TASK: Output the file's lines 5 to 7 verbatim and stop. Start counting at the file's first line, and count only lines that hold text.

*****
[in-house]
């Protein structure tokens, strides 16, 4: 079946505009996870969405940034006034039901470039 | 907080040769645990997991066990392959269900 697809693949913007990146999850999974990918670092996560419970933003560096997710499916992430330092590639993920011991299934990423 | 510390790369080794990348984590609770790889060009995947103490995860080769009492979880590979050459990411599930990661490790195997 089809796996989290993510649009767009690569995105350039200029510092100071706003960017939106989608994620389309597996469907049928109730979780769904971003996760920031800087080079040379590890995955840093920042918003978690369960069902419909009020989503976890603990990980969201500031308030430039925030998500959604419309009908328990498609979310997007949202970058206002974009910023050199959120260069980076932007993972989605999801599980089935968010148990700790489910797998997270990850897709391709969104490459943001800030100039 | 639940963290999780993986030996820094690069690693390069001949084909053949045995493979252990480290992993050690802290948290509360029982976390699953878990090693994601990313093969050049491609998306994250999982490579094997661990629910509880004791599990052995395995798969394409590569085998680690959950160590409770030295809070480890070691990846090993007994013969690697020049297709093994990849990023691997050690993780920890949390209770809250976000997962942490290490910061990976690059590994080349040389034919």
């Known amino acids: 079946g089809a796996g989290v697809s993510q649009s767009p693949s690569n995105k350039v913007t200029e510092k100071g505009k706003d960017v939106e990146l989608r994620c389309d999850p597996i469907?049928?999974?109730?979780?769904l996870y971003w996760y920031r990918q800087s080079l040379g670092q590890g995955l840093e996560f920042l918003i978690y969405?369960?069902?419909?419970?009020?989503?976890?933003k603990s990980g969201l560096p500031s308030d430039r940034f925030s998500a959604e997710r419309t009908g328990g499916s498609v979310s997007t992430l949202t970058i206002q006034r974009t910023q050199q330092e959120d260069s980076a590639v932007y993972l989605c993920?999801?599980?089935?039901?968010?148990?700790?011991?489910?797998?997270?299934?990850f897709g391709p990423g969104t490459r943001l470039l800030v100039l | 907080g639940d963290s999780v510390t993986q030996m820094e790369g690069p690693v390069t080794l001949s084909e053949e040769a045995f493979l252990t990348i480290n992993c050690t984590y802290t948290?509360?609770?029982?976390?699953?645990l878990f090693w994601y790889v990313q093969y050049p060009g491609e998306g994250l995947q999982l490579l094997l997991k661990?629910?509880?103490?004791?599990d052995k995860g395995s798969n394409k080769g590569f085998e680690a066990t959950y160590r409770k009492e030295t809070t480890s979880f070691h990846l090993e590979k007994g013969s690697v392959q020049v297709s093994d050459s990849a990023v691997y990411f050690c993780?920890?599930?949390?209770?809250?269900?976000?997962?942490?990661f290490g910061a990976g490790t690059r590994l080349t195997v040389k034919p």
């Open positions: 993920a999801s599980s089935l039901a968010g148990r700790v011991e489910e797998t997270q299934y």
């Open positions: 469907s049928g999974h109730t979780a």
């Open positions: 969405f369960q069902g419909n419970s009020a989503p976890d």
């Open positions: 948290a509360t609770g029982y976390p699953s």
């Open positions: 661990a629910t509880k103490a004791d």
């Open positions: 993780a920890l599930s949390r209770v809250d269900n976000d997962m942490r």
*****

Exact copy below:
């Open positions: 469907s049928g999974h109730t979780a």
């Open positions: 969405f369960q069902g419909n419970s009020a989503p976890d």
């Open positions: 948290a509360t609770g029982y976390p699953s």